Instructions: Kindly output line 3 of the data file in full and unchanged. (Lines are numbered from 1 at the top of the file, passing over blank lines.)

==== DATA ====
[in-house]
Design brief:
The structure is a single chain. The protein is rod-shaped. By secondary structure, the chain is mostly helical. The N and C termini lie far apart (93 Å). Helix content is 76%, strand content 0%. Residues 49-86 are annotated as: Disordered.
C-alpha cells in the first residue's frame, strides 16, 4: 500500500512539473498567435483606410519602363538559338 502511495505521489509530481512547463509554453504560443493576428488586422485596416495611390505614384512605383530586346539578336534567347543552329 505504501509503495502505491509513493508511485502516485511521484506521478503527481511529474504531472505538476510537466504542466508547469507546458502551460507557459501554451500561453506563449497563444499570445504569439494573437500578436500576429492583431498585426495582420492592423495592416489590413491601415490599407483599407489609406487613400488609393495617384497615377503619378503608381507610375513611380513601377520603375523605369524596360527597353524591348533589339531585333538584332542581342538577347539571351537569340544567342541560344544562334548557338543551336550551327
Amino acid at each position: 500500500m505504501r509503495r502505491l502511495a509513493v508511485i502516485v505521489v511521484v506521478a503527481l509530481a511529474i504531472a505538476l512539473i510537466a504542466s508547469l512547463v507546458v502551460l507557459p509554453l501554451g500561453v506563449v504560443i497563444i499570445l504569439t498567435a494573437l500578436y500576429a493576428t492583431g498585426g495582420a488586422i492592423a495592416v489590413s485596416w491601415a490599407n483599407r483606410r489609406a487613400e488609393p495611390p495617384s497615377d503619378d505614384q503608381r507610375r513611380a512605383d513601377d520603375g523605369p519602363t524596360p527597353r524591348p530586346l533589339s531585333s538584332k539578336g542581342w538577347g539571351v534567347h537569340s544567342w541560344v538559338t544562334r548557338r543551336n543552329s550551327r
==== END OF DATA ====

The structure is a single chain. The protein is rod-shaped. By secondary structure, the chain is mostly helical. The N and C termini lie far apart (93 Å). Helix content is 76%, strand content 0%. Residues 49-86 are annotated as: Disordered.